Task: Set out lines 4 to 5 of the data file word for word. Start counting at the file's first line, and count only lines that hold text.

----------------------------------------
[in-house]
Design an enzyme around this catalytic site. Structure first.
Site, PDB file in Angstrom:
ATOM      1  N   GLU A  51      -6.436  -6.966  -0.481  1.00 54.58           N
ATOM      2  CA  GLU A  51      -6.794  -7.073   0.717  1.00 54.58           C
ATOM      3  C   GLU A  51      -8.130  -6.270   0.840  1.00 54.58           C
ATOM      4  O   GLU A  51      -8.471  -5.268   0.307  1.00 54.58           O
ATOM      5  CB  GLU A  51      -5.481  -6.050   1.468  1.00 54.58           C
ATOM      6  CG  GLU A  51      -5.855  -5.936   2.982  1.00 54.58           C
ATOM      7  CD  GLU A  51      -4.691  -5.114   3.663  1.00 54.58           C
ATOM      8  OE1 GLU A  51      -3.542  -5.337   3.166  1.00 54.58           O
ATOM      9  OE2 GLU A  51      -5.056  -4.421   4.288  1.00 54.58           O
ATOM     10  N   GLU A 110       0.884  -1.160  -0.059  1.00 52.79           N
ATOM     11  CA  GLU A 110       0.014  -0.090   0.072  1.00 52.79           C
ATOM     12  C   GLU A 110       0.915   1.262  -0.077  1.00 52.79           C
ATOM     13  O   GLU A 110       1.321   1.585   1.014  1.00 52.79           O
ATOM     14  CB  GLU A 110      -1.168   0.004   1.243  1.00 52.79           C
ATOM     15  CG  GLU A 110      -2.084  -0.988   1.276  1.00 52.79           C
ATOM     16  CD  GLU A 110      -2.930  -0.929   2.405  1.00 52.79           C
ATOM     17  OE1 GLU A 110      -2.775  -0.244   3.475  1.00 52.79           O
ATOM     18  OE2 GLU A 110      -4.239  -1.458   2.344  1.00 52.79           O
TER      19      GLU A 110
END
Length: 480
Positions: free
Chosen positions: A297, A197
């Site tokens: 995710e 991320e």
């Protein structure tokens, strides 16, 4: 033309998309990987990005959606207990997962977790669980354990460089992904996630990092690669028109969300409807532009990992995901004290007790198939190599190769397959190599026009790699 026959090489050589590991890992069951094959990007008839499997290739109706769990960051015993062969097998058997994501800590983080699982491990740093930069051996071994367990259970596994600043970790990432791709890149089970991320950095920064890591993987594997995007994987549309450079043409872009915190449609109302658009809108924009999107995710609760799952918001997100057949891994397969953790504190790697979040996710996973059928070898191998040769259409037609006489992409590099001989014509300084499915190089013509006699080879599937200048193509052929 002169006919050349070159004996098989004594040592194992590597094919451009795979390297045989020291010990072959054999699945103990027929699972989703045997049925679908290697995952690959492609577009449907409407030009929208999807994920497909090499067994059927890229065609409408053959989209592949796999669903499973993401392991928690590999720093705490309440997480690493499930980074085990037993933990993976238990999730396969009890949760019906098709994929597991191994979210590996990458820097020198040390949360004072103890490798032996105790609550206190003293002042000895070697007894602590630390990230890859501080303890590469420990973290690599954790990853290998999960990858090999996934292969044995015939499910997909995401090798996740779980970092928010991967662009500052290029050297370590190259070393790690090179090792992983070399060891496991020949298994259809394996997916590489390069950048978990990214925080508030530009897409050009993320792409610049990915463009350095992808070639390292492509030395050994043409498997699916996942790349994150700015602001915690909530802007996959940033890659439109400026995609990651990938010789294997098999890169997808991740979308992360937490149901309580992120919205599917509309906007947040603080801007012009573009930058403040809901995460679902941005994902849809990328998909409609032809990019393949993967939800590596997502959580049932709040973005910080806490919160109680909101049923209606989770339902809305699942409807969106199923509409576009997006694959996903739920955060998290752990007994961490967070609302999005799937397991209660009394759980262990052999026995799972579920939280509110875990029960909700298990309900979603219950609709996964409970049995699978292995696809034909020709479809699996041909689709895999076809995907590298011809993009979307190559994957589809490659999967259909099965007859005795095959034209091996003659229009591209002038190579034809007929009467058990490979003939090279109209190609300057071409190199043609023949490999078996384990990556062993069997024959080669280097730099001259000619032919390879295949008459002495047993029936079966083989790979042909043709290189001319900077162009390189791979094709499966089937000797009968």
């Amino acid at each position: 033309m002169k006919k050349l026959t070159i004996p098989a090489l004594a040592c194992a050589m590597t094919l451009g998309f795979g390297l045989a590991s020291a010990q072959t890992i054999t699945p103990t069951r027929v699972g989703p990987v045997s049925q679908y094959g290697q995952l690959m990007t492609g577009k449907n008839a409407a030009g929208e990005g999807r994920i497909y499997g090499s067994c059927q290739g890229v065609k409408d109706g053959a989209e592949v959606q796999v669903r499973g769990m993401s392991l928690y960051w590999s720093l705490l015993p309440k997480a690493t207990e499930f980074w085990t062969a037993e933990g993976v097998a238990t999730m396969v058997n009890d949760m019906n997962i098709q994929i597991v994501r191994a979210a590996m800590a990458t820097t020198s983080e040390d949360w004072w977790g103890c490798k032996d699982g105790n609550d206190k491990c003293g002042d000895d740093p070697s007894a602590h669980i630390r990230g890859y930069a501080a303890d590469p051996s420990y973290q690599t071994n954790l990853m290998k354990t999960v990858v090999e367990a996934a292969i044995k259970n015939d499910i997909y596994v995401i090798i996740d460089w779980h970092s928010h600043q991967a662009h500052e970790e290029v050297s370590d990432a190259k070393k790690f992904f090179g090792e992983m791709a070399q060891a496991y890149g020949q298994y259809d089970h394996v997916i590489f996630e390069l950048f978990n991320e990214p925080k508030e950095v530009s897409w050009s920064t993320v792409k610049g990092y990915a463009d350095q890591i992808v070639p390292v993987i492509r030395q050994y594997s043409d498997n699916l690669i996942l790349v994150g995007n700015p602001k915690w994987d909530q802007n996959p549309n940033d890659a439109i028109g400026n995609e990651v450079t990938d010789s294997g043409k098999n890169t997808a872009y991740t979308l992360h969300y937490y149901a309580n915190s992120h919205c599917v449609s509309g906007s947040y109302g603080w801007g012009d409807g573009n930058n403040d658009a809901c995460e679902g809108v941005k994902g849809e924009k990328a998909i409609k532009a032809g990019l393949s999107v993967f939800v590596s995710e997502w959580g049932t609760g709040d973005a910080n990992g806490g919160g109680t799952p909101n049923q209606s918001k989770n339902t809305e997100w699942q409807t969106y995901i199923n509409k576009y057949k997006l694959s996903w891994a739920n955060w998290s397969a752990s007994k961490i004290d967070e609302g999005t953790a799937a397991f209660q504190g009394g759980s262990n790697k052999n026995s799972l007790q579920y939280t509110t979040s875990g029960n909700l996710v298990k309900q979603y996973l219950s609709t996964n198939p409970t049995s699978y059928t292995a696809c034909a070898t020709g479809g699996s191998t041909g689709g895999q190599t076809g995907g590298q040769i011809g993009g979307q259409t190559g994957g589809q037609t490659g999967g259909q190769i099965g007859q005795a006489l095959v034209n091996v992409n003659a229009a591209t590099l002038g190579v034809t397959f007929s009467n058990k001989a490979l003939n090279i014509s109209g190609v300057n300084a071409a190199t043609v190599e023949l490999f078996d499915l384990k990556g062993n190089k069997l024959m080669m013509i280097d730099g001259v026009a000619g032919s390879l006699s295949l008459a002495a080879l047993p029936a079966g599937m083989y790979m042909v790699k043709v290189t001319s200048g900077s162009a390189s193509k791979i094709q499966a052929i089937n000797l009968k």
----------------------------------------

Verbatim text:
ATOM      1  N   GLU A  51      -6.436  -6.966  -0.481  1.00 54.58           N
ATOM      2  CA  GLU A  51      -6.794  -7.073   0.717  1.00 54.58           C